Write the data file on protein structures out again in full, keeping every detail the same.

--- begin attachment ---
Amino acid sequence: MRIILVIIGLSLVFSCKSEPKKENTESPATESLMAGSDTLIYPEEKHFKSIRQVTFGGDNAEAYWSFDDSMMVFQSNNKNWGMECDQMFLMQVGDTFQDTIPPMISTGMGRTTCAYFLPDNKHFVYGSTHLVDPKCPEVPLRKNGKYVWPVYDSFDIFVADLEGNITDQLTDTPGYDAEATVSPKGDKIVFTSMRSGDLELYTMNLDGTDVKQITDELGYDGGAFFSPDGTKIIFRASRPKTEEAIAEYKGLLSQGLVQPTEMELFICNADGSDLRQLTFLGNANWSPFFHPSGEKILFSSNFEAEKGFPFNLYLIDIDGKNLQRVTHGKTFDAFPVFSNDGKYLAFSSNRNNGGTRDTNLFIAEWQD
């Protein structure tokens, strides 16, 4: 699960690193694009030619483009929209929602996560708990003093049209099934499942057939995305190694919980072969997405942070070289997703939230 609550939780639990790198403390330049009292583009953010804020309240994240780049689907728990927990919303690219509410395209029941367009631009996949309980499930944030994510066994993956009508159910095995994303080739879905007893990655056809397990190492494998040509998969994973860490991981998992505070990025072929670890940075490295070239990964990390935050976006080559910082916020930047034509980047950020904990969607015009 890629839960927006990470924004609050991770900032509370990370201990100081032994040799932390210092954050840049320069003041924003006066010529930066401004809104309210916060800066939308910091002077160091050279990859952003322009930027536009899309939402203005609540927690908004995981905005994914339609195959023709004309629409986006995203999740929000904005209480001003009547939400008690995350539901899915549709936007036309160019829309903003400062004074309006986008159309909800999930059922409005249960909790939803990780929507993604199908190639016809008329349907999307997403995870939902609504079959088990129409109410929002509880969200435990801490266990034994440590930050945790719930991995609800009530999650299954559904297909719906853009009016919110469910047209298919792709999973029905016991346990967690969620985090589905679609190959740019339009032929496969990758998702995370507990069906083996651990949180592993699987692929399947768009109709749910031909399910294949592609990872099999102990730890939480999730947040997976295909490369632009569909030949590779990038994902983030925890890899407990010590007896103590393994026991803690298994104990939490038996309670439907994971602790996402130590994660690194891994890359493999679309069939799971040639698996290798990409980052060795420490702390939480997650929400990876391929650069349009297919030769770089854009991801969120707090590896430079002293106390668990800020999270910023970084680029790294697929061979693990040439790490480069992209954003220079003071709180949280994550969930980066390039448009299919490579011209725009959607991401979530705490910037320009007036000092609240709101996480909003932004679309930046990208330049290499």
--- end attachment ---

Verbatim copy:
Amino acid sequence: MRIILVIIGLSLVFSCKSEPKKENTESPATESLMAGSDTLIYPEEKHFKSIRQVTFGGDNAEAYWSFDDSMMVFQSNNKNWGMECDQMFLMQVGDTFQDTIPPMISTGMGRTTCAYFLPDNKHFVYGSTHLVDPKCPEVPLRKNGKYVWPVYDSFDIFVADLEGNITDQLTDTPGYDAEATVSPKGDKIVFTSMRSGDLELYTMNLDGTDVKQITDELGYDGGAFFSPDGTKIIFRASRPKTEEAIAEYKGLLSQGLVQPTEMELFICNADGSDLRQLTFLGNANWSPFFHPSGEKILFSSNFEAEKGFPFNLYLIDIDGKNLQRVTHGKTFDAFPVFSNDGKYLAFSSNRNNGGTRDTNLFIAEWQD
């Protein structure tokens, strides 16, 4: 699960690193694009030619483009929209929602996560708990003093049209099934499942057939995305190694919980072969997405942070070289997703939230 609550939780639990790198403390330049009292583009953010804020309240994240780049689907728990927990919303690219509410395209029941367009631009996949309980499930944030994510066994993956009508159910095995994303080739879905007893990655056809397990190492494998040509998969994973860490991981998992505070990025072929670890940075490295070239990964990390935050976006080559910082916020930047034509980047950020904990969607015009 890629839960927006990470924004609050991770900032509370990370201990100081032994040799932390210092954050840049320069003041924003006066010529930066401004809104309210916060800066939308910091002077160091050279990859952003322009930027536009899309939402203005609540927690908004995981905005994914339609195959023709004309629409986006995203999740929000904005209480001003009547939400008690995350539901899915549709936007036309160019829309903003400062004074309006986008159309909800999930059922409005249960909790939803990780929507993604199908190639016809008329349907999307997403995870939902609504079959088990129409109410929002509880969200435990801490266990034994440590930050945790719930991995609800009530999650299954559904297909719906853009009016919110469910047209298919792709999973029905016991346990967690969620985090589905679609190959740019339009032929496969990758998702995370507990069906083996651990949180592993699987692929399947768009109709749910031909399910294949592609990872099999102990730890939480999730947040997976295909490369632009569909030949590779990038994902983030925890890899407990010590007896103590393994026991803690298994104990939490038996309670439907994971602790996402130590994660690194891994890359493999679309069939799971040639698996290798990409980052060795420490702390939480997650929400990876391929650069349009297919030769770089854009991801969120707090590896430079002293106390668990800020999270910023970084680029790294697929061979693990040439790490480069992209954003220079003071709180949280994550969930980066390039448009299919490579011209725009959607991401979530705490910037320009007036000092609240709101996480909003932004679309930046990208330049290499």